As the governor prepares to deliver his State of the State address Tuesday night at the Capitol, the head of the state Democratic Party claims he’s already falling short of the promises he made to voters on the campaign trail.
DPW Chairman Mike Tate notes the governor insisted for months that he planned to focus on issues facing the state if given a second term, and that he would not run for president if it would distract him from the business of running the state. “Despite promising Wisconsinites for the past twelve months that he truly wants to be our governor for the next four years, we know Scott Walker already has his eye off the ball in Wisconsin,” Tate said in a call with reporters Monday.
Since being sworn in to start his second term last week, Tate argues voters have heard more about Walker’s possible presidential bid than they have about how he plans to address the problems facing Wisconsin. Those include a shortfall in the state transportation fund and a $2.2 billion deficit.
Tate points to the early date for Walker’s State of the State address, the earliest date he’s ever given the speech, as clear evidence his thoughts are back on the campaign trail. “We know why that is. As soon as he’s done giving his speech, hours later, he will be leaving Wisconsin to go to a conference in California to huddle with national Republican Party bosses.”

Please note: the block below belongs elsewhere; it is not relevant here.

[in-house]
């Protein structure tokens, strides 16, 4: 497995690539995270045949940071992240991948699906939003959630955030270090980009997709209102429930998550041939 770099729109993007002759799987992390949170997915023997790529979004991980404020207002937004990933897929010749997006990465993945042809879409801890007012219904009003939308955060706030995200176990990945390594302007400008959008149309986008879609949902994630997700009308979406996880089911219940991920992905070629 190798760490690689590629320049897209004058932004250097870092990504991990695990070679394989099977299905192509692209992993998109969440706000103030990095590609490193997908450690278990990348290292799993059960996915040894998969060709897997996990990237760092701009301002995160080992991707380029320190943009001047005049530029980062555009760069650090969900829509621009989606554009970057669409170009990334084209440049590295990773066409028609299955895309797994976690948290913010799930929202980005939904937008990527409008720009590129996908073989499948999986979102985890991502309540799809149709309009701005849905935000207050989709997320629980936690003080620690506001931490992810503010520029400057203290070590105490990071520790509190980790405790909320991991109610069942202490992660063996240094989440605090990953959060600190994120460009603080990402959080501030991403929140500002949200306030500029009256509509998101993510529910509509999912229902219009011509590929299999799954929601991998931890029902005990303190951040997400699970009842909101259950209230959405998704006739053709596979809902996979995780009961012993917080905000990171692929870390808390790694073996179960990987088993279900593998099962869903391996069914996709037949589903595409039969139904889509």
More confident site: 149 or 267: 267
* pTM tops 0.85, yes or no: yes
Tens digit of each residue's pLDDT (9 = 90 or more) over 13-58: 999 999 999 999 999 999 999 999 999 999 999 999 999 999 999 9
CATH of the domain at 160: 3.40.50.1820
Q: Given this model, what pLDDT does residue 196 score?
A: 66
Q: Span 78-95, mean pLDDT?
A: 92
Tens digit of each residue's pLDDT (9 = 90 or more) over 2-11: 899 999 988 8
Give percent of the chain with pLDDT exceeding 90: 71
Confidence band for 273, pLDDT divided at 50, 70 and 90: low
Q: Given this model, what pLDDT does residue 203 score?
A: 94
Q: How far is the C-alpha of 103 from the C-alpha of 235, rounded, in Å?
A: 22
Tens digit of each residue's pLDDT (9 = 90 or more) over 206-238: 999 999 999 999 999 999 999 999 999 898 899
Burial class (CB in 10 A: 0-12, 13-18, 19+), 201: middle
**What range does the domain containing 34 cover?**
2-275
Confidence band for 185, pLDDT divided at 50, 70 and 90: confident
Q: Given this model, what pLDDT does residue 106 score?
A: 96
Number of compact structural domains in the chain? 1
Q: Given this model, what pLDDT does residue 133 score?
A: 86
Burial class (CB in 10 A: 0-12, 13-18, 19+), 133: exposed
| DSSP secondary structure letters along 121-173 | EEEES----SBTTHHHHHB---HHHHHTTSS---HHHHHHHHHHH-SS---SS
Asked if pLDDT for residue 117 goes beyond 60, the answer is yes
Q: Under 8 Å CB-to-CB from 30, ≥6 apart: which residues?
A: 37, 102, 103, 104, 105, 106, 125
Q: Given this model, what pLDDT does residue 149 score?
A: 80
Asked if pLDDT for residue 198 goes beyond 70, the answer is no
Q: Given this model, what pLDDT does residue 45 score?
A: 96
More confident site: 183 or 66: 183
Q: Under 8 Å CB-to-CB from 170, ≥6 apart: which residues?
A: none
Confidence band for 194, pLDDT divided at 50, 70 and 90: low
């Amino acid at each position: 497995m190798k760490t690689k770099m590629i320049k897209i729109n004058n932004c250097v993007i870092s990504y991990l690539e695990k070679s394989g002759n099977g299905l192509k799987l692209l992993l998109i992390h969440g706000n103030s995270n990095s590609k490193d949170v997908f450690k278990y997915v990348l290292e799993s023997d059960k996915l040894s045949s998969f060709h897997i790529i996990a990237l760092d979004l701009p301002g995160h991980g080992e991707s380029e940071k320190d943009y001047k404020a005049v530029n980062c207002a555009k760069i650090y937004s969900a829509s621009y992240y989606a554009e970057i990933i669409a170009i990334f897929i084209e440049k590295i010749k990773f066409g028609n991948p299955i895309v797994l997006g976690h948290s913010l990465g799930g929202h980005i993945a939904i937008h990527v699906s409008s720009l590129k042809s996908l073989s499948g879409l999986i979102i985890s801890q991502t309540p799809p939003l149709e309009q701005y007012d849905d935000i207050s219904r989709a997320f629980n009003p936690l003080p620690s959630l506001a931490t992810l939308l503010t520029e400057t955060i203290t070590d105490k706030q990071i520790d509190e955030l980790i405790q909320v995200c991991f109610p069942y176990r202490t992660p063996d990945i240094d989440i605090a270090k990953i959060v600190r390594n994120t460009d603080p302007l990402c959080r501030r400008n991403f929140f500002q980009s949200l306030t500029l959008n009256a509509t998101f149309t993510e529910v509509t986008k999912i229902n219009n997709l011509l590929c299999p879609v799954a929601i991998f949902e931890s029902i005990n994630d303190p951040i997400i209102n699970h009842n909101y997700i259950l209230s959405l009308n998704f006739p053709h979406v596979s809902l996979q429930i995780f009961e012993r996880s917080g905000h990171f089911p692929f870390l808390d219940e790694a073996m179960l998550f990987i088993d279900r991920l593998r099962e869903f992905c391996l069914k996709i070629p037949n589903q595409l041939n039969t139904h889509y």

Walker is scheduled to attend a Republican National Committee meeting in San Diego on Thursday. He will also appear at a conservative event in Iowa later this month, along with several other potential GOP candidates for the 2016 presidential race.
In response to Tate’s claims, Walker press secretary Laurel Patrick said in a statement that “some choose to complain, some choose to lead. Governor Walker chooses to lead. He’ll lay out the first part of his plan to continue moving Wisconsin forward on Tuesday” in his State of the State address.